Another runner encouraged ill woman to finish her race
On Nov, 3, I ran the EQT 10-miler. It was a perfect day and excellent course, but by mile 2, I knew it would be the worst run I ever had.
The beginning signs of the flu had made their presence known the day before, but I was sure I could gut it out. I could not have been more wrong.
Figuring that straight ahead was the fastest way home, I stumbled along to mile 9, at which point I was prepared to walk to the finish.
I slowed down to a trot and then felt a tap on my shoulder.
A fellow runner, dressed in black and wearing sunglasses, pointed straight ahead and waved me on.
She jogged with me until I could pick up my feet and run on.
She stayed by my side through that mile, not saying a word, but her encouragement gave me the strength to do what I couldn't do on my own.
Although her actions surely cost her seconds from her own finish time, she willingly helped a struggling fellow runner to the finish line.
I looked for her at the end to thank her for her support, but I lost her in the crowd.
I would like to thank this runner for recognizing how much I needed help and for sacrificing her own finish to help me to mine.
While running can be a solitary sport, thanks to this thoughtful stranger I will be on the lookout for runners in need in my next (hopefully flu-free) race.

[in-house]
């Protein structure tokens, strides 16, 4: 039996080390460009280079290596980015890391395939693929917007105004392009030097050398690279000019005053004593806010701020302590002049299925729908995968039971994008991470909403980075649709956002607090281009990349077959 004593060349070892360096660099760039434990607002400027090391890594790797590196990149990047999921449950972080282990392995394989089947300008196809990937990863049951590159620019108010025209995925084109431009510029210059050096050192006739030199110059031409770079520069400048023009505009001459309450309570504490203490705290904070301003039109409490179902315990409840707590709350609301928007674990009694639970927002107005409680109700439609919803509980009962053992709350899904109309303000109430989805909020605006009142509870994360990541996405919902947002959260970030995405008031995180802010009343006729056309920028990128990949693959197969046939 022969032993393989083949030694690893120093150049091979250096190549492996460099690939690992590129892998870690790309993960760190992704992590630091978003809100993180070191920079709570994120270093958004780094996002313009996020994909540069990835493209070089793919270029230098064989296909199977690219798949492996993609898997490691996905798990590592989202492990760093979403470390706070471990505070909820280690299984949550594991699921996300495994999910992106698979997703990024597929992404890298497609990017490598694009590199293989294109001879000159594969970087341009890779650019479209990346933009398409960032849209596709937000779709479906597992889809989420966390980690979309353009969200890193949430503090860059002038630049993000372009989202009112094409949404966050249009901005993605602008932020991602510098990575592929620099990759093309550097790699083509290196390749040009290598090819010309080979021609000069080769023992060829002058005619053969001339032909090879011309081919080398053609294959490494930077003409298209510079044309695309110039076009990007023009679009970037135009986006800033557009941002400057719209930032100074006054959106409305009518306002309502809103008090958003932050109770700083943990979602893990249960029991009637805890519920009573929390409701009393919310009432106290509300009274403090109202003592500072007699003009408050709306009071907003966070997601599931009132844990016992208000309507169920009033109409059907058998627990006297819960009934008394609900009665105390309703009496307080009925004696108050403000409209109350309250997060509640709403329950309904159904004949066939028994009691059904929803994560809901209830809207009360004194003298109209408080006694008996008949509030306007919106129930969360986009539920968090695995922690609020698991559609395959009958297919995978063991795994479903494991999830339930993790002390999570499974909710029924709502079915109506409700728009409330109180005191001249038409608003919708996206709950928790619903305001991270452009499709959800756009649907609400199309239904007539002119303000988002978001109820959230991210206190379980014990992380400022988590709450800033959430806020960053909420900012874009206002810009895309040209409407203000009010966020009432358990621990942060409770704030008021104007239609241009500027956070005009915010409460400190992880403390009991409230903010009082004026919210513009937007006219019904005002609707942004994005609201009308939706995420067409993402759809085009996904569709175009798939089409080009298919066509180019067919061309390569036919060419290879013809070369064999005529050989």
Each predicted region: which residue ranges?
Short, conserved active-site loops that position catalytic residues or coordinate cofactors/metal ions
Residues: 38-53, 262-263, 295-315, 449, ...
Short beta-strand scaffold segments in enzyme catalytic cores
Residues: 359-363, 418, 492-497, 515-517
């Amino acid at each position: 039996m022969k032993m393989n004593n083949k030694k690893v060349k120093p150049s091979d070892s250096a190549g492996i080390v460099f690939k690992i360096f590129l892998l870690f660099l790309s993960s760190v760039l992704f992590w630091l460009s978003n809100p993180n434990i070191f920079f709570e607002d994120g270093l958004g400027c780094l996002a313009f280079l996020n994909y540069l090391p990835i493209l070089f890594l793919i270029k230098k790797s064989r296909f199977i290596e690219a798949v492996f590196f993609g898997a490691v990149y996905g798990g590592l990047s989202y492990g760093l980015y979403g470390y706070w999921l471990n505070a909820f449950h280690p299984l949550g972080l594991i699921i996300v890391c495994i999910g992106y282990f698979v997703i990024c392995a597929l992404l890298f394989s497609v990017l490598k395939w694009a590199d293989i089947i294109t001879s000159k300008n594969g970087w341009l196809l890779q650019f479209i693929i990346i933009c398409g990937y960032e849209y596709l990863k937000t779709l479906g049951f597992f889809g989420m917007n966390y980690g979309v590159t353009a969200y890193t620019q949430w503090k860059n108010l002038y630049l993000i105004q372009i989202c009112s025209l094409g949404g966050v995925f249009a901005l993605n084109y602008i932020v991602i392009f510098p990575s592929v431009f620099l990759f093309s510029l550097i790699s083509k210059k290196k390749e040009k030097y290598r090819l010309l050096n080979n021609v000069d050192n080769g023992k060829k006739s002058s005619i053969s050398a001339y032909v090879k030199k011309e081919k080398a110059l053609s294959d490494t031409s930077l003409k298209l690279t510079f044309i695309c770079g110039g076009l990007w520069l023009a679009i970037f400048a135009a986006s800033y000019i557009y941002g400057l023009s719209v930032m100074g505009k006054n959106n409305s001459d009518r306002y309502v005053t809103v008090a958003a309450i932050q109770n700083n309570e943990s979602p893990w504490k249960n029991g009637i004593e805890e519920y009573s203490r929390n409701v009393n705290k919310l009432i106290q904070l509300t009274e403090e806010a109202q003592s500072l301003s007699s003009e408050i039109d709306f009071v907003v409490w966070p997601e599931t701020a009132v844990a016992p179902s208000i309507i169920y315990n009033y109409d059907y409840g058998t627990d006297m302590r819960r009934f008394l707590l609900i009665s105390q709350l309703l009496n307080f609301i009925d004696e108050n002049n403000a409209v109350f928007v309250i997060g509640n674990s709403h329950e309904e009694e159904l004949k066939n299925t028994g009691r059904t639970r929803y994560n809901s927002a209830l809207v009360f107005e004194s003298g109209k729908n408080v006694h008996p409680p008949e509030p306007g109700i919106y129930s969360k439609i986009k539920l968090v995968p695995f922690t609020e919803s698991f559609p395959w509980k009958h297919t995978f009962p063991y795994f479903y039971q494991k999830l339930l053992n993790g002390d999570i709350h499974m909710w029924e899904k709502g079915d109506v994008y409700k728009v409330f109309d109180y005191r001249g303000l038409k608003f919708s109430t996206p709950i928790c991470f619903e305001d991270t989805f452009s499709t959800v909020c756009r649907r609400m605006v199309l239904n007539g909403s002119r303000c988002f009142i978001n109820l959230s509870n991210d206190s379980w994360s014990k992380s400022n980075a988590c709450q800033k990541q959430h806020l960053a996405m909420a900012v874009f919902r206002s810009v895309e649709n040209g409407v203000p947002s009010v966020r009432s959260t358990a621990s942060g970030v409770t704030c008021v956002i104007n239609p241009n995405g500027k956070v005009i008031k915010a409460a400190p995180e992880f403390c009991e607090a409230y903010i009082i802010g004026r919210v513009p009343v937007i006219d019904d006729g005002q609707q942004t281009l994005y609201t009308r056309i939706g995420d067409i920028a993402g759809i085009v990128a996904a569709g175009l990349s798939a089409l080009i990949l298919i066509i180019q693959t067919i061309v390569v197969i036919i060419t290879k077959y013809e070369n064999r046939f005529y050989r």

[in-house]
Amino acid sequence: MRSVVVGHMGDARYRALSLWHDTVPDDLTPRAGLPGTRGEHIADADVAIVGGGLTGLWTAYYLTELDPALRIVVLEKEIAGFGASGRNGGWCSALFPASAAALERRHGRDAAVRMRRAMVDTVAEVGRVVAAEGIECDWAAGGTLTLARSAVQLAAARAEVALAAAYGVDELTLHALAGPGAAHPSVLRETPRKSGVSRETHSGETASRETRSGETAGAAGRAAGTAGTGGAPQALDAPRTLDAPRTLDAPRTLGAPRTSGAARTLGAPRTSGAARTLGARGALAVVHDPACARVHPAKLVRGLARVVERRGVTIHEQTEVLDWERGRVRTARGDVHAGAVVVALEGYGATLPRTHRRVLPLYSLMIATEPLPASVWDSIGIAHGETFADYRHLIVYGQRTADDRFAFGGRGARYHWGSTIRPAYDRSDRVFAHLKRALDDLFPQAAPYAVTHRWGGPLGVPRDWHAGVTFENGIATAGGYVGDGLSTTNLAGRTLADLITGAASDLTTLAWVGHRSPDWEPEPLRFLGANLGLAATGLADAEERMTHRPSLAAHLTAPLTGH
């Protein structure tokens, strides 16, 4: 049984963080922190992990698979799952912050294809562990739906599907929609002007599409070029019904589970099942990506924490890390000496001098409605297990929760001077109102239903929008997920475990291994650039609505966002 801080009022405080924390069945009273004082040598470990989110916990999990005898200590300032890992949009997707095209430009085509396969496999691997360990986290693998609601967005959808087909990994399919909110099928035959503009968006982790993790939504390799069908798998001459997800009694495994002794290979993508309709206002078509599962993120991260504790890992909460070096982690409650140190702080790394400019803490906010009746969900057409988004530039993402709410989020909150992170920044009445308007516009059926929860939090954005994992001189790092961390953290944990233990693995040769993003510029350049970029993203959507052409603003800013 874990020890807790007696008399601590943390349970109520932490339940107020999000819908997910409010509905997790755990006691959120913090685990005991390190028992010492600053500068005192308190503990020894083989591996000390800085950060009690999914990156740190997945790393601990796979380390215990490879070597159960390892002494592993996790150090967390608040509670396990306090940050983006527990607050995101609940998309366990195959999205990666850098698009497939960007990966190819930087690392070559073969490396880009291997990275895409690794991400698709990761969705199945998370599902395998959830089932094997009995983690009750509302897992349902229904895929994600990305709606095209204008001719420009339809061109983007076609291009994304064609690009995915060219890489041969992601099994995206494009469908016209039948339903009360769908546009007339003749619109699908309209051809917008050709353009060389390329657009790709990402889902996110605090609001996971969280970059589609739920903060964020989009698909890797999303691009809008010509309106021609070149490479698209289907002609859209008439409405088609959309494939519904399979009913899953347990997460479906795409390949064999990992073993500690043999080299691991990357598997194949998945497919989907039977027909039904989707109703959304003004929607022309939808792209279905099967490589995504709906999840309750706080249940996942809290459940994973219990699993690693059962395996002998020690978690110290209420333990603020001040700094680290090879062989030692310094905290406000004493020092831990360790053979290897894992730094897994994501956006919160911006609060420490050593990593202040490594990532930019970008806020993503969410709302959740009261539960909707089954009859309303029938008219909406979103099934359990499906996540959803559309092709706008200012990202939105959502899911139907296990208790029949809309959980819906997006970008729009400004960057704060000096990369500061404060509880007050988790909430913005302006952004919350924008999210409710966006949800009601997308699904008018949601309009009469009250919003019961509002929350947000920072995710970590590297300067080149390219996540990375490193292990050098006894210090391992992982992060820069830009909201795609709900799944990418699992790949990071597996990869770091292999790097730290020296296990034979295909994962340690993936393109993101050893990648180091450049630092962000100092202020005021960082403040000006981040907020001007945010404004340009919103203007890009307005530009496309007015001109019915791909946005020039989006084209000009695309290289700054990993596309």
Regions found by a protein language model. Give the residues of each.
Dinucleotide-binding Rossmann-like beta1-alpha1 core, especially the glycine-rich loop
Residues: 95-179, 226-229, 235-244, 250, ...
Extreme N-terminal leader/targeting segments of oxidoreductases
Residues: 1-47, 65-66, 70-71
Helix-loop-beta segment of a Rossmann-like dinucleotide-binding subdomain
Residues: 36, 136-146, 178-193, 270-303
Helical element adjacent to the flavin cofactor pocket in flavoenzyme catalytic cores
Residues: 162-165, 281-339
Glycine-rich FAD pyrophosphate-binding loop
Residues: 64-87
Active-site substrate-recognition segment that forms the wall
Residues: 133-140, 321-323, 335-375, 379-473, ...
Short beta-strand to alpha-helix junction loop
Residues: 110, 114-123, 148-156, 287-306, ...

Little boy learned his lesson about offering help to others
My husband and I stopped at the Brighton Hot Dog Shop in Cranberry on Sept. 28 for a quick lunch.
We sat in one of the booths and a cute little waitress took our order. When she brought our hot dogs, fries and drinks, she also put down our check.
About the same time, a father and his young son (I would estimate the little boy's age to be around 7 or 8) sat across the aisle from us.
After the waitress took their order, as she walked past our table she took our check. We wondered why she did that. We assumed that she may have made a mistake and gave us the wrong check.
When we were finished eating, she came back to see if we wanted anything else. I told her no, we would just like the check. She told us that the little boy sitting across from us had bought our lunch! She said that his father was teaching him random acts of kindness.
As we were leaving, we stopped by their table to thank them. My husband did most of the talking because I was too emotional to speak -- I was so touched by their gesture. They very humbly accepted our thanks and told us to have a nice day.
I don't know if they will ever see this letter, but we want them to know that we will never forget them or their kindness. They will be kept close in our hearts and in our prayers.
A stranger across the street volunteered to tote furniture
Summer was past and it was time to put the wicker porch furniture in the basement.
I was able to carry the light pieces of furniture around to the back of the house, but I needed help with the heavy settee. My husband, who has had health problems, came to help me when we heard a voice call out, "Do you need help over there?"
This nice man who was doing work in a house across the road came over and carried the heavy piece of furniture, and then all the rest of the furniture, into the basement.
What a random act of kindness! We are so grateful for this man who helped two senior citizens that day.
Has someone done you right? Send your Random Act of Kindness to firstname.lastname@example.org, or write to Portfolio, Post-Gazette, 34 Blvd. of the Allies, Pittsburgh, PA 15222.